For students such as I who are in the middle/late stage of their first university degree, it can be a frightening thing to think about what will happen to our future. Like many in post-secondary institutions, I chose my program not for passion but for the guarantee of a safe living (well even then, I can’t say it’s a guarantee since I haven’t actually graduated yet, heh). During the Q&A portion of the talk, a student raised his concern over the dissociation between his passion and his current program of study. Smith responded with two major points: sacrifices must be made, unconventional connections always exist. Even if you already have a well-paying job or have already graduated, if you are feeling dissatisfied with your career and you have a passion so strong you want to quit your job to fulfill it, you will find a way. It will be at that point that your creativity, resourcefulness, and determination will be your best friends. How will you know if your passion is strong enough?

Oh, you’ll know. And if you don’t know, it means you’ve never felt it. Once it hits you, you’ll know you have your passion.

Continue reading

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How to Stop Being Afraid of Romantic Relationships

For many, finding that perfect someone is important. As humans we are born social beings keen to form all sorts of relationships with the people we meet. But being afraid of a romantic relationship is not something to be ashamed of. It happens, and it’s understandable.

Here are things to consider to help you overcome this obstacle.

1. Identify the cause of your fear. Can you think back to when you first decided you were afraid of a relationship? Was it watching your parents fight? Was it seeing the aftermath of a bad relationship?

2. Being afraid of a relationship DOES NOT mean there is something wrong with you. Inviting another person into your world is a big thing. It’s natural to be scared of such a change to your personal life.#  Be confident in yourself. If you truly want a relationship, you will be able to find one. But do not look down on yourself because you are afraid. Everyone is afraid of change.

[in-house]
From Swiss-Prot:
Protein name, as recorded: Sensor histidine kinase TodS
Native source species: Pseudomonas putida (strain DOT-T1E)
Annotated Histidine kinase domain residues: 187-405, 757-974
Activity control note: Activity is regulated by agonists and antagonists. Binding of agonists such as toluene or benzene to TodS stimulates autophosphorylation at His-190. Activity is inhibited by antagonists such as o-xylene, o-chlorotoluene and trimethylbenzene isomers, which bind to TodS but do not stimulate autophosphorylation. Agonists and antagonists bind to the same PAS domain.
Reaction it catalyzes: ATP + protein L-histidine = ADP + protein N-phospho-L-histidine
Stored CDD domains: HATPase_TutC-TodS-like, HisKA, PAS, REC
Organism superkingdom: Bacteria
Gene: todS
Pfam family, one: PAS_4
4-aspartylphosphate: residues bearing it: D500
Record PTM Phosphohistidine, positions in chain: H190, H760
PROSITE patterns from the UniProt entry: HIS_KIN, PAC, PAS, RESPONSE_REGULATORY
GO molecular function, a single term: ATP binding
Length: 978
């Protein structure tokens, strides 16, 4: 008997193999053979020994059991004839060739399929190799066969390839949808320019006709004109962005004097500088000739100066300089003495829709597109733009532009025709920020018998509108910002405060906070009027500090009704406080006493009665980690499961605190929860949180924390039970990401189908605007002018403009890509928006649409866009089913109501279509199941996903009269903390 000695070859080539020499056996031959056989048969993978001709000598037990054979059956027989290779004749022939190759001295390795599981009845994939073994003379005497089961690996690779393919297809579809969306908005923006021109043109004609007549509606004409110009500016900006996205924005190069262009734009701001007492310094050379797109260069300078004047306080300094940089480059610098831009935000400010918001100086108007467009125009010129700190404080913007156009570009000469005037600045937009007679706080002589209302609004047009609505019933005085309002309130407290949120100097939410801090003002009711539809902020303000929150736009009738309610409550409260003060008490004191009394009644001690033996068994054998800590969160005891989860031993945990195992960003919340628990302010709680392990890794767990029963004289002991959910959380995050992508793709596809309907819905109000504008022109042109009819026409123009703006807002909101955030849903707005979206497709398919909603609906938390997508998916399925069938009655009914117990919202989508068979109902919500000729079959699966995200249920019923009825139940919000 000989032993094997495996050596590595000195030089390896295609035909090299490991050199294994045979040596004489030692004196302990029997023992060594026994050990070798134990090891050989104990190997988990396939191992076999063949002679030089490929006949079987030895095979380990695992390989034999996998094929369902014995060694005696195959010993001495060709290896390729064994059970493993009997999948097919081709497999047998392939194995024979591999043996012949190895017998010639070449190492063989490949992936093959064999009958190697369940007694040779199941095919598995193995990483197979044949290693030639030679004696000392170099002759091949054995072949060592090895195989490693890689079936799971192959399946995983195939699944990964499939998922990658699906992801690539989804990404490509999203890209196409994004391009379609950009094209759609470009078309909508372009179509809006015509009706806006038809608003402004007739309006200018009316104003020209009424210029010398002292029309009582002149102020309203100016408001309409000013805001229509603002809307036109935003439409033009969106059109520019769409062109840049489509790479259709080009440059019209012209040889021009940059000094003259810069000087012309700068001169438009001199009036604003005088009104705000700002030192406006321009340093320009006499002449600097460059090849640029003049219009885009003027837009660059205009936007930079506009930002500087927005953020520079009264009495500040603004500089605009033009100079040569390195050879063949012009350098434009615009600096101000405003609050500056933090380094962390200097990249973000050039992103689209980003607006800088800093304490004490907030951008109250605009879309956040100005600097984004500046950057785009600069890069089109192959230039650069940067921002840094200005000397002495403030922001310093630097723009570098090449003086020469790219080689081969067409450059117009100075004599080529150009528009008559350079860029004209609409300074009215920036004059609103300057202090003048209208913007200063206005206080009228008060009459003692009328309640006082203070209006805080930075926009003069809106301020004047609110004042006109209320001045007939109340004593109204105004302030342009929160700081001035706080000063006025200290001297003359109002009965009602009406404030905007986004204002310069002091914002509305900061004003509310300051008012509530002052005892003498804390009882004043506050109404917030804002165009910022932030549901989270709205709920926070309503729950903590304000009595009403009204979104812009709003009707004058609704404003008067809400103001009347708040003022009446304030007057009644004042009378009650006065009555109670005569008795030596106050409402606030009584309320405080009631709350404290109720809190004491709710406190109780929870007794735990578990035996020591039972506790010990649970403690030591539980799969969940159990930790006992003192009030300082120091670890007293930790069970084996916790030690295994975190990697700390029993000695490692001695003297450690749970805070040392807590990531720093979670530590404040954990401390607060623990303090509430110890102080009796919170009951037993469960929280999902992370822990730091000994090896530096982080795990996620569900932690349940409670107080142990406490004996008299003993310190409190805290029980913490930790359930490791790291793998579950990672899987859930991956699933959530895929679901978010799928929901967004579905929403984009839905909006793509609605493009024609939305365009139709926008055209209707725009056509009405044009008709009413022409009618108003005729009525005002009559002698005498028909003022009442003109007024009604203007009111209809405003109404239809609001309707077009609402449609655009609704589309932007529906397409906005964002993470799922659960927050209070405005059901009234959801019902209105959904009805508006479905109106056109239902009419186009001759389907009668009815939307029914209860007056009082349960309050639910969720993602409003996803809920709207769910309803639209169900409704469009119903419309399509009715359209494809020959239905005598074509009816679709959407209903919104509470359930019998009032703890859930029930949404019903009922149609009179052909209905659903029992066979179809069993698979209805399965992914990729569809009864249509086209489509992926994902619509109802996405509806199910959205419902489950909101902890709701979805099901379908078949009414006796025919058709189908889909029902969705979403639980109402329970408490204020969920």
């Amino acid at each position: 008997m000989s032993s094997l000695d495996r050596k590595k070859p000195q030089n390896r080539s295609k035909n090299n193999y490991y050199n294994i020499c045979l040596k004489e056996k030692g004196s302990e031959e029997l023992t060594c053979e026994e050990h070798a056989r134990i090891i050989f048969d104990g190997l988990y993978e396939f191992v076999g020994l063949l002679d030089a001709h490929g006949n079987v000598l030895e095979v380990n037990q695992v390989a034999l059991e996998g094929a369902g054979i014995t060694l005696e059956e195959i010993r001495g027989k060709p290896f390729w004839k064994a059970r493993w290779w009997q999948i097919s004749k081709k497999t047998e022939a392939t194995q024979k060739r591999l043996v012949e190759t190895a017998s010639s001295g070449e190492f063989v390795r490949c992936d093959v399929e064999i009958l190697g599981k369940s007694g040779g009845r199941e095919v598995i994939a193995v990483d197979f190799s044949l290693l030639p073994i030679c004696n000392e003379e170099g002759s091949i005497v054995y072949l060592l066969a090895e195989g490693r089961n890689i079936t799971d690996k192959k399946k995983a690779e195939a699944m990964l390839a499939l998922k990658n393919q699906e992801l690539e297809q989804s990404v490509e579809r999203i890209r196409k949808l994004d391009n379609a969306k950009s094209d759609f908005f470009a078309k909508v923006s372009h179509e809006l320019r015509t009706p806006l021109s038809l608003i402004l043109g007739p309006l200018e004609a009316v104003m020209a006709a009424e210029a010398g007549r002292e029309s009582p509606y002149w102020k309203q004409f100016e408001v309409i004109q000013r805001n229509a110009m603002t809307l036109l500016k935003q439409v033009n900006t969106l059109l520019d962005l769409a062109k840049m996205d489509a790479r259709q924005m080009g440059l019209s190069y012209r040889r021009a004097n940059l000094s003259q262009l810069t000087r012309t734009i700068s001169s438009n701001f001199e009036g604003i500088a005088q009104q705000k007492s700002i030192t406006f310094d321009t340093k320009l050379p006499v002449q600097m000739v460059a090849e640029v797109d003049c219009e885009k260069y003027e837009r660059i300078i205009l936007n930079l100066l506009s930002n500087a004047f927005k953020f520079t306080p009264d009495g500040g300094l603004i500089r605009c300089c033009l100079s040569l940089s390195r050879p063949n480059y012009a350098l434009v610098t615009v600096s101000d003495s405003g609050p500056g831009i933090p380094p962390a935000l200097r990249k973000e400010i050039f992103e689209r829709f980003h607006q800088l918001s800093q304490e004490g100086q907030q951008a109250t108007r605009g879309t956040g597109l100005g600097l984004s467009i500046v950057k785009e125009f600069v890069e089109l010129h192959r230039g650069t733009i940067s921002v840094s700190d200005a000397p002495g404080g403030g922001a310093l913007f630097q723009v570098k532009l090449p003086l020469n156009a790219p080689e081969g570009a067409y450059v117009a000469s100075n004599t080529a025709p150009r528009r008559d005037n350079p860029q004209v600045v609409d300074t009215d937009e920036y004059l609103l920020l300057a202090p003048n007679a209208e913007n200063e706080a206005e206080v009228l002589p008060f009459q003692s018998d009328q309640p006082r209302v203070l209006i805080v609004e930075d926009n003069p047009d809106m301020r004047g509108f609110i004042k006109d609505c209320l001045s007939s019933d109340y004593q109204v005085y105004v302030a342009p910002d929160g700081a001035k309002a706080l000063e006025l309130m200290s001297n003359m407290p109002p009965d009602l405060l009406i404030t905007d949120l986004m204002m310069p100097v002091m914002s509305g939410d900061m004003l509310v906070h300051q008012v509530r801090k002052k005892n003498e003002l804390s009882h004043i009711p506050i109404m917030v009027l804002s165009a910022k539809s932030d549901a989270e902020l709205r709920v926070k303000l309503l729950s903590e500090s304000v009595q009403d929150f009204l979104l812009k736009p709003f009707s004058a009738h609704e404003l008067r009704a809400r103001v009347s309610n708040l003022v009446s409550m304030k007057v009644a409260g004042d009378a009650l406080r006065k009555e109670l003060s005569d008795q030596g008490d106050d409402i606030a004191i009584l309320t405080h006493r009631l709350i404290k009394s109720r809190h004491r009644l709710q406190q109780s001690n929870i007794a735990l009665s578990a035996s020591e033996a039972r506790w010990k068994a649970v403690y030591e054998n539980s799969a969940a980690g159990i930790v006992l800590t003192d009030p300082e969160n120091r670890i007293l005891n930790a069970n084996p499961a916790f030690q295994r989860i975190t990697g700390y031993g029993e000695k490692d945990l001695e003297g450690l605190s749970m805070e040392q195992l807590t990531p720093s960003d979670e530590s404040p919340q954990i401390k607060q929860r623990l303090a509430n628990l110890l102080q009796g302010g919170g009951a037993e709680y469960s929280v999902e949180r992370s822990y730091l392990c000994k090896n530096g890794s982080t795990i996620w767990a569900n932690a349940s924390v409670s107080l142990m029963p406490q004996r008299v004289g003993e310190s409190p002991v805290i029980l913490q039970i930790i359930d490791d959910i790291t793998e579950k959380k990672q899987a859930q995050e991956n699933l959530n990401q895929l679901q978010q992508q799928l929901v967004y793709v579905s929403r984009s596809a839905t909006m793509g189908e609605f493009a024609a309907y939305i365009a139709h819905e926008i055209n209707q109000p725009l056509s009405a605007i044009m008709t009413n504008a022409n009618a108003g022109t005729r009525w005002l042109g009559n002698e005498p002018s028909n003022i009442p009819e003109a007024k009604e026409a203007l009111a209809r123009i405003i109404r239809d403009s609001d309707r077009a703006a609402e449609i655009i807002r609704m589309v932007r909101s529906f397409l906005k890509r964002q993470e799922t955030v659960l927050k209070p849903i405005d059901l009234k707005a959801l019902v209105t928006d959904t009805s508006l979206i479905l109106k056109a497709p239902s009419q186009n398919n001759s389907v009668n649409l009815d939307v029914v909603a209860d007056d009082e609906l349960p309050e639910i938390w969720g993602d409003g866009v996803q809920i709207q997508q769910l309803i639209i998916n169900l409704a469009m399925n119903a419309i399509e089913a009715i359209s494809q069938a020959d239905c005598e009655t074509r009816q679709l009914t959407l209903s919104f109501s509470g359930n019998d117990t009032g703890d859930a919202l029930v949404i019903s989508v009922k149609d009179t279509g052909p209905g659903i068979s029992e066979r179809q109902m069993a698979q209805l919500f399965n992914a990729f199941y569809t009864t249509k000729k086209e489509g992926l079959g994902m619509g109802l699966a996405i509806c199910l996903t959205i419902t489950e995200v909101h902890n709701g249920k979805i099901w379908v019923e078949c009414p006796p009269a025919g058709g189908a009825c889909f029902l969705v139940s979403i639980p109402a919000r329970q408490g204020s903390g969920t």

3. Don’t be impatient. Look not for a partner for the sake of having a partner. There is a distinct difference between finding a partner and finding someone whom you wish would become your partner. That is, don’t look for a relationship because you’re the last one among your friends to have one, or look for one because you think at this age you should’ve at least had some dating experience. That’s not true. Love should blossom from the connection that forms when you meet that someone, not because they answered your ad in the newspaper (albeit it’s not as if that doesn’t work).

4. Don’t feel depressed. Fear is a difficult thing to overcome, and it won’t be overcome easily. Find someone to talk to about your fears, someone who you see as a mentor and are comfortable talking with.

5. Don’t force yourself. If you don’t feel ready for a relationship and someone is pressuring you into one, tell them your fears. If they are truly someone worthwhile they will understand and wait. Otherwise…

6. When you do start that first relationship, start it with someone who is aware of your fear. Let them know your feelings. Set the line before it can be crossed. Make it clear to your partner what you are and are not comfortable with.

7. Have faith. Don’t give up if you feel it’s taking too long to overcome your fear. Don’t give in when your new partner is frustrated with your fear. Don’t expect a fairy tale ending, but work your best to communicate and compromise.

(This post is actually one that I wrote for Wikihow.com, but I thought the information would be useful for a lot of people, thus I’m sharing it here on WordPress as well. Thanks to contributions from the  Wikihow community for helping me perfect this article.)